Twice-Yearly Subcutaneous Lenacapavir Injection for HIV Provides Favorable Quality-of-Life Outcomes

Article

Further analysis shows that 300 mg lenacapvir tablets plus an optimized background regimen can effectively reconcile a missed dose of lenacapavir injection in patients with HIV.

Lenacapavir (Sunlenca) shows long-term favorable outcomes for patients with HIV who are heavily treatment-experienced, according to patient-reported outcomes (PRO) collected through 52 weeks from the phase 2/3 CAPELLA trial and presented at the 12th International AIDS Society (IAS) Conference on HIV Science, July 23-26, Brisbane, Australia.

Image credit: RAJCREATIONZS - stock.adobe.com

Image credit: RAJCREATIONZS - stock.adobe.com

“Understanding potential real-world use of novel HIV options is essential to helping ensure they have the greatest potential impact,” said Jared Baeten, MD, PhD, vice president, HIV Clinical Development, Gilead Sciences, in a press release.

Heavy treatment can negatively impact health-related quality of life (QoL), which may worsen treatment adherence. However, lenacapavir did not significantly compromise QoL at 52 weeks, based on scores from 5 QoL assessments: the EuroQol-5 Dimensions-5 Levels (EQ-5D-5L) index, EQ-5D-5L visual analogue scale (VAS), Short Form-36 (SF-36), HIV Symptom Index (HIV-SI), and Numeric Pain Rating Scale (NPRS).

In the phase 2/3 CAPELLA trial, investigators conducted additional analysis on weekly oral lenacapavir (300 mg tablets) plus optimized background regimen (OBR; or other antiretroviral) for patients who missed a lenacapavir injection. The results of the additional analysis show that once weekly lenacapvir plus OBR was tolerable and led to high rates of virologic suppression at weeks 10, 20, and 30, among 98%, 97%, and 100% of participants, respectively.

This bridging dose also maintains high rates of efficacious concentrations of lenacapavir in the blood and based on 30 weeks of data, 300 mg of lenacapavir with OBR can reconcile a missed dose of lenacapvir injection, although this indication is not yet approved by a regulatory authority.

“Results from this analysis provide support for the future potential use of oral therapy with lenacapavir as a treatment strategy to maintain virologic suppression in patients between planned or otherwise missed injection dosing visits in clinical practice,” said Jean-Michel Molina, MD, Université Paris Cité, professor of Infectious Diseases and head of the Infectious Diseases Department at the Saint-Louis and Lariboisière Hospitals, in the press release.

Lenacapavir is an HIV capsid inhibitor that is combined with other antiretroviral(s) for patients with multi-drug resistant HIV who have been heavily treated. It is a twice-yearly and multi-stage treatment that consists of lenacapavir 463.5 mg/1.5 mL injection with oral loading of lenacapavir 300 mg tablets before (or during) the first injection. The most common adverse events (AEs) are injection site reactions and nausea.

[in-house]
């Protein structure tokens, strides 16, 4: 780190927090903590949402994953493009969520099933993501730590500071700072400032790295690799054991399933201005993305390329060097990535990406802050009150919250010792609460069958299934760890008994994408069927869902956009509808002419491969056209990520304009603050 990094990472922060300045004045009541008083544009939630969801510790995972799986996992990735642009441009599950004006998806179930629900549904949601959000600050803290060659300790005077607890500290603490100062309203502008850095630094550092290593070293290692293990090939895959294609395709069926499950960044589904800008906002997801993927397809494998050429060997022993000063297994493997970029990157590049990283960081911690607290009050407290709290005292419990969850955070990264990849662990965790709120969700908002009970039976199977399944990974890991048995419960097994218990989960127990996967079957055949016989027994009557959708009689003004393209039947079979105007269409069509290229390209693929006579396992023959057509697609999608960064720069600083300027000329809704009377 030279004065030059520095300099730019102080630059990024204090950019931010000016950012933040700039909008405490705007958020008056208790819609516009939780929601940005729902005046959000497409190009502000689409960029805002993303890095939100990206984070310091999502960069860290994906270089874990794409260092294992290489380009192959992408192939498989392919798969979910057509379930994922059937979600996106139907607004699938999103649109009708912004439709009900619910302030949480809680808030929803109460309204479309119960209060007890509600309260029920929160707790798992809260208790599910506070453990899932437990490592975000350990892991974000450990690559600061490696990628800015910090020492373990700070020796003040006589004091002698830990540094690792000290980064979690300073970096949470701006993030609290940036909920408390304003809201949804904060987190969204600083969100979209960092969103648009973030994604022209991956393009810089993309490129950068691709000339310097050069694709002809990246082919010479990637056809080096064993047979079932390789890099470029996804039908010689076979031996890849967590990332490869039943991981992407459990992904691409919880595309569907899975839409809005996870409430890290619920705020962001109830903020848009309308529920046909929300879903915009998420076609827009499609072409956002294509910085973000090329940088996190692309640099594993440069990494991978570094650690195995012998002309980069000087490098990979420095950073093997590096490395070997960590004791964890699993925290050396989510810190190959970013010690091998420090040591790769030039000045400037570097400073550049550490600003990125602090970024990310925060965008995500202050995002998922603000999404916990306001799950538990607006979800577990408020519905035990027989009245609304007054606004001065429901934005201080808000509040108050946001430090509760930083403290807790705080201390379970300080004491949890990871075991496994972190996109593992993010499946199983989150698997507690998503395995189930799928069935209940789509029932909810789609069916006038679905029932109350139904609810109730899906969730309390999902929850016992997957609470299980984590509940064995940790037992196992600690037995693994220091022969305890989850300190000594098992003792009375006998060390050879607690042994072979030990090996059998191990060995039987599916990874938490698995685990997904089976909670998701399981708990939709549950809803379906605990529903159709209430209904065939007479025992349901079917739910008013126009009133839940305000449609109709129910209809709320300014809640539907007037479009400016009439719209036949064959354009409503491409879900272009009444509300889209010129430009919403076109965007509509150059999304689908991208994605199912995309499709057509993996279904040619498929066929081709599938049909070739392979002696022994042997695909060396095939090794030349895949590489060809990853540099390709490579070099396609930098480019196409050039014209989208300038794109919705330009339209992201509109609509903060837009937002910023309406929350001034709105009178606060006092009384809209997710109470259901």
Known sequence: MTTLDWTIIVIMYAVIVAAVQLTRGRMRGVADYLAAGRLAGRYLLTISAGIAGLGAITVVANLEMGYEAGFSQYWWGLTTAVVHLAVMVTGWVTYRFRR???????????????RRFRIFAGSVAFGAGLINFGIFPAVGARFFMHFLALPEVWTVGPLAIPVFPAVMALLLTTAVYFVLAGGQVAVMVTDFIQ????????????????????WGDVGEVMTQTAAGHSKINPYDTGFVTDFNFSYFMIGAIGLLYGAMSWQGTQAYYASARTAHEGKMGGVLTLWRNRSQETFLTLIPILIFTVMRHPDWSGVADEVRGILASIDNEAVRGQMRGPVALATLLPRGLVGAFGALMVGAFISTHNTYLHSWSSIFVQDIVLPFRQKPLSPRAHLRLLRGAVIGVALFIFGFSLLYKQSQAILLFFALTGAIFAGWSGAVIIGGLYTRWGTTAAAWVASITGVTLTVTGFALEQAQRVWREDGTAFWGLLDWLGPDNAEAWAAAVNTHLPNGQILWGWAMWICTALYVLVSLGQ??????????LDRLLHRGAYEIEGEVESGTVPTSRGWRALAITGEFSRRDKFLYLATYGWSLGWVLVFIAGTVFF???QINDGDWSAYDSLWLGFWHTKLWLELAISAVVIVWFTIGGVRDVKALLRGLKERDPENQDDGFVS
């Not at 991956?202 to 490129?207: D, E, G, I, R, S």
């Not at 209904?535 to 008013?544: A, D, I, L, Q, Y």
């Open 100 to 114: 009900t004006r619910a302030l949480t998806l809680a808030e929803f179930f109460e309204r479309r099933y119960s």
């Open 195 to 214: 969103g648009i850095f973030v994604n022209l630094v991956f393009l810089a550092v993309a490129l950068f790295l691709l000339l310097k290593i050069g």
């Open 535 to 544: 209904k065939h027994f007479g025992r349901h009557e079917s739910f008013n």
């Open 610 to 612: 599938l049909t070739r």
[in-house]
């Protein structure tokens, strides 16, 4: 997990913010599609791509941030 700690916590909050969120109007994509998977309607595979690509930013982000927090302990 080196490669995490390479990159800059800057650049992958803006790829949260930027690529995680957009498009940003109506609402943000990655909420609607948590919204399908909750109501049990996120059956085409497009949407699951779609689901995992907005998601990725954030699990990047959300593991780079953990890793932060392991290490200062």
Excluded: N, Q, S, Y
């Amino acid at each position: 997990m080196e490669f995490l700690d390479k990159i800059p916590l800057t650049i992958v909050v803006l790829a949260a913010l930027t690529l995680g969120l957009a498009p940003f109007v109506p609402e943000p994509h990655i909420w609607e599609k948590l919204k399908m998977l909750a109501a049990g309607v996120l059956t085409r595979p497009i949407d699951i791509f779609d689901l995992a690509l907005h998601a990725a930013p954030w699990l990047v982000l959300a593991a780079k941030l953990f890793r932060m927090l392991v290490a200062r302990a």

According to investigators, this treatment could be a foundational HIV therapy regimen as a single agent to prevent HIV or combined with other antiretroviral agents to treat HIV. Injectable lenacapvavir for HIV prevention is under investigation by researchers.

“The patient-reported outcome data presented at IAS 2023 provide deep insight into the tolerability of lenacapavir, and the oral bridging data helps demonstrate how twice-yearly lenacapavir can fit into people’s lives,” Baeten said in the press release.

Reference

Twice-Yearly Lenacapavir Demonstrates Sustained Impact on Health-Related Quality of Life in People With HIV. Gilead. News Release. July 24, 2023. Accessed on July 26, 2023. https://www.gilead.com/news-and-press/press-room/press-releases/2023/7/twice-yearly-lenacapavir-demonstrates-sustained-impact-on-health-related-quality-of-life-in-people-with-hiv

Related Videos
Pride flags during pride event -- Image credit: ink drop | stock.adobe.com
Female Pharmacist Holding Tablet PC - Image credit: Tyler Olson | stock.adobe.com
African American male pharmacist using digital tablet during inventory in pharmacy - Image credit: sofiko14 | stock.adobe.com
palliative and hospice care/ Image Credits: © David Pereiras - stock.adobe.com
Young woman using smart phone,Social media concept. - Image credit: Urupong | stock.adobe.com
multiple myeloma clinical trial daratumumab/ Image Credits: © Dragana Gordic - stock.adobe.com
multiple myeloma clinical trial/Image Credits: © Studio Romantic - stock.adobe.com
selling mental health medication to man at pharmacy | Image Credit: Syda Productions - stock.adobe.com
Medicine tablets on counting tray with counting spatula at pharmacy | Image Credit: sutlafk - stock.adobe.com
pharmacy oncology, Image Credit: © Konstantin Yuganov - stock.adobe.com
© 2024 MJH Life Sciences

All rights reserved.